I have 50,000 objects on which I have performed two different types of regression. Using cross validation, I obtained the average $R^2$ score from each model on each of the objects. So now I have a list of 50k pairs of average $R^2$ scores.

I have used a paired Wilcoxon-Mann-Whitney U test and found that their means differ significantly:

> wilcox.test(first$R.2, second$R.2, paired=TRUE)

    Wilcoxon signed rank test with continuity correction

data:  first$R.2 and second$R.2
V = 34503366, p-value < 2.2e-16
alternative hypothesis: true location shift is not equal to 0

Is this the right approach? I figure this is the right test because $R^2$ is bounded above by 1 but unbounded below so I can't really make any assumption about the distribution.

How I can report this in my paper? Do I just say that I used the Wilcoxon test and obtained a p-value less than 2.2e-16?

I also wanted to show the mean and median $R^2$s from each of the techniques. But should I just show point estimates of these values, or should I also show SDs and MADs or SEMs or what? Should I bootstrap confidence intervals for them and see whether they overlap?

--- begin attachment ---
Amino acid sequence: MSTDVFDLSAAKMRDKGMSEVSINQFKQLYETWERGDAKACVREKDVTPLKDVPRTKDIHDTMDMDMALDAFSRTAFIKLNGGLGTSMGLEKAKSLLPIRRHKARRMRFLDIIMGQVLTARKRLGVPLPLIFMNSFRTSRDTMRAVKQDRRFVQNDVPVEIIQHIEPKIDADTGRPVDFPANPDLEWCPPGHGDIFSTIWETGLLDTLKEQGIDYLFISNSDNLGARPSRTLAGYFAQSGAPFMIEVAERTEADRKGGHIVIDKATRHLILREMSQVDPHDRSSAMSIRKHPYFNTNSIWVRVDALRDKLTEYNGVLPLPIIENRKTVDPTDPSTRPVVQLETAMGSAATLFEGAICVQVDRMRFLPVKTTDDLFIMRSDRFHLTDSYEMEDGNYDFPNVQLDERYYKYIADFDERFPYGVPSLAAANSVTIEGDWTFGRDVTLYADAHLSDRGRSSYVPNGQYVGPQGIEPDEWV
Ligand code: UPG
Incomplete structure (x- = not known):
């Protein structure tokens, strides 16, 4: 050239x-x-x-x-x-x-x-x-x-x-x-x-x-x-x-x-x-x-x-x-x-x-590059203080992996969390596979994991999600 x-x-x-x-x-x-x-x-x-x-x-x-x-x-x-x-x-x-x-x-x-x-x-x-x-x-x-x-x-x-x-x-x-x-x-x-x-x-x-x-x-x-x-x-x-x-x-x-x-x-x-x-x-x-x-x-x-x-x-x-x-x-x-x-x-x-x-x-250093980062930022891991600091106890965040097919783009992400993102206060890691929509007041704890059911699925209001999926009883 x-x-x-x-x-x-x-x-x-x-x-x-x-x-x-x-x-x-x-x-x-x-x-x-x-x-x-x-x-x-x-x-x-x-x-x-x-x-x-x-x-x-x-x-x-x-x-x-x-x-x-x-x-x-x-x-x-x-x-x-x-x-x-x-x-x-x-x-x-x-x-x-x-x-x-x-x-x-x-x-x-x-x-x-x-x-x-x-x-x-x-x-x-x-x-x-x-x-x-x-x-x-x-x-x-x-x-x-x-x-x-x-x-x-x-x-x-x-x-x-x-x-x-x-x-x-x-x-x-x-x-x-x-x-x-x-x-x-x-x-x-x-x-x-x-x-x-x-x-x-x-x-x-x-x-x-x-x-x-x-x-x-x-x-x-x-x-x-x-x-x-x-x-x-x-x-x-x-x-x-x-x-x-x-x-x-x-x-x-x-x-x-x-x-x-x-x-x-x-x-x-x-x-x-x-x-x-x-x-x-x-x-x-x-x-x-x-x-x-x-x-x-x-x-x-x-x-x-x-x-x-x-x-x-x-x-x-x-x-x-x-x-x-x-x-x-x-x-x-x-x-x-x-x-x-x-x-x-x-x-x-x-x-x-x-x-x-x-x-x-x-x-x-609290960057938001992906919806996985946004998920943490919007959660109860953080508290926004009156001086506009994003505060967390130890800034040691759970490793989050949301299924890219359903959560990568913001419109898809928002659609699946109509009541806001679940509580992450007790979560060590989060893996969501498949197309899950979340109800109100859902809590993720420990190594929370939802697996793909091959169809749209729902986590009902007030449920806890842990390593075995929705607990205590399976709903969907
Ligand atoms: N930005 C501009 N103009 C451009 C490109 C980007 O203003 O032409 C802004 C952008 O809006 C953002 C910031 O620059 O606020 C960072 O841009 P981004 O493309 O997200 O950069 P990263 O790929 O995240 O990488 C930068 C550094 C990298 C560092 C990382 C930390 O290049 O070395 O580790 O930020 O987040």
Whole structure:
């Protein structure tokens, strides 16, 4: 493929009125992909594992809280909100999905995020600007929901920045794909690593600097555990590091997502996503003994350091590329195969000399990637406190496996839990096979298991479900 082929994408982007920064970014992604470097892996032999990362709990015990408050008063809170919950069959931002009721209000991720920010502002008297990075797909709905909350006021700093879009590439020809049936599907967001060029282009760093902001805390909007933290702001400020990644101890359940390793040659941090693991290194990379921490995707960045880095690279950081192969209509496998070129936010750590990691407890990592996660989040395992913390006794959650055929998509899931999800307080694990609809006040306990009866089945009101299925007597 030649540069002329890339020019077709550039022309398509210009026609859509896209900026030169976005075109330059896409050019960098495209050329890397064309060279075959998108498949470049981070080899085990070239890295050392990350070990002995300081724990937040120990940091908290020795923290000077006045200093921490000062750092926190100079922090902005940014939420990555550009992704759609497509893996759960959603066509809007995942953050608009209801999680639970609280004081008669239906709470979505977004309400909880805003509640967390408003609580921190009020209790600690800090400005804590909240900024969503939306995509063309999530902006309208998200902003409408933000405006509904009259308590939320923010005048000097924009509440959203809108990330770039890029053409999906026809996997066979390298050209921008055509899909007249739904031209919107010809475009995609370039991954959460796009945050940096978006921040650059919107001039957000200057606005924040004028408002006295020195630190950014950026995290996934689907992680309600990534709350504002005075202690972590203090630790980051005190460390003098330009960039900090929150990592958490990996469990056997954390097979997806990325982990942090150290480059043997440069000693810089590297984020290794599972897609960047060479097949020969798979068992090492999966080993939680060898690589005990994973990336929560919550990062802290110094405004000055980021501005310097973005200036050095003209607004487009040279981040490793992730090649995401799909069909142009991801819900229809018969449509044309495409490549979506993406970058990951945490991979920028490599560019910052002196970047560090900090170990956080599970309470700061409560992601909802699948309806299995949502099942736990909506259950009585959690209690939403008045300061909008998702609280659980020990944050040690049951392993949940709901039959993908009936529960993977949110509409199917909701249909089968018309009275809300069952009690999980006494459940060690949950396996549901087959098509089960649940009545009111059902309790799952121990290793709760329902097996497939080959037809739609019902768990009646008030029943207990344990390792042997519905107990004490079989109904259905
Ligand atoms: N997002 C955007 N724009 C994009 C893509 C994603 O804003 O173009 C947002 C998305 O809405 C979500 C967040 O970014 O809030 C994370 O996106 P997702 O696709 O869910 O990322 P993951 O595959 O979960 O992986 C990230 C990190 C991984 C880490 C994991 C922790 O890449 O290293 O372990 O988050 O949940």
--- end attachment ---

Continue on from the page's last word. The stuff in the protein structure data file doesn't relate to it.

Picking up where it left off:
• $\begingroup$ $R^2$ is bounded from below by 0. $\endgroup$
    – James
    Aug 28 '14 at 18:11
  • 2
    $\begingroup$ No it's not stats.stackexchange.com/a/12991/2488 $\endgroup$ Aug 28 '14 at 18:35
  • $\begingroup$ Why didn't you include the intercept? $\endgroup$
    – James
    Aug 28 '14 at 20:08
  • $\begingroup$ I do have the intercept. That is not the only circumstance in which the $R^2$ can be negative. $\endgroup$ Aug 28 '14 at 20:34

Most important thing is to make sure both models initially are significant and giving accurate depiction of underlying data. Another layer to add to your process is the ROC curve which allows you to compare false positive performance (Type I/II errors). really powerful and there are some packages out there that make it go smoothly.

The link below contains link to R package that deals with it.



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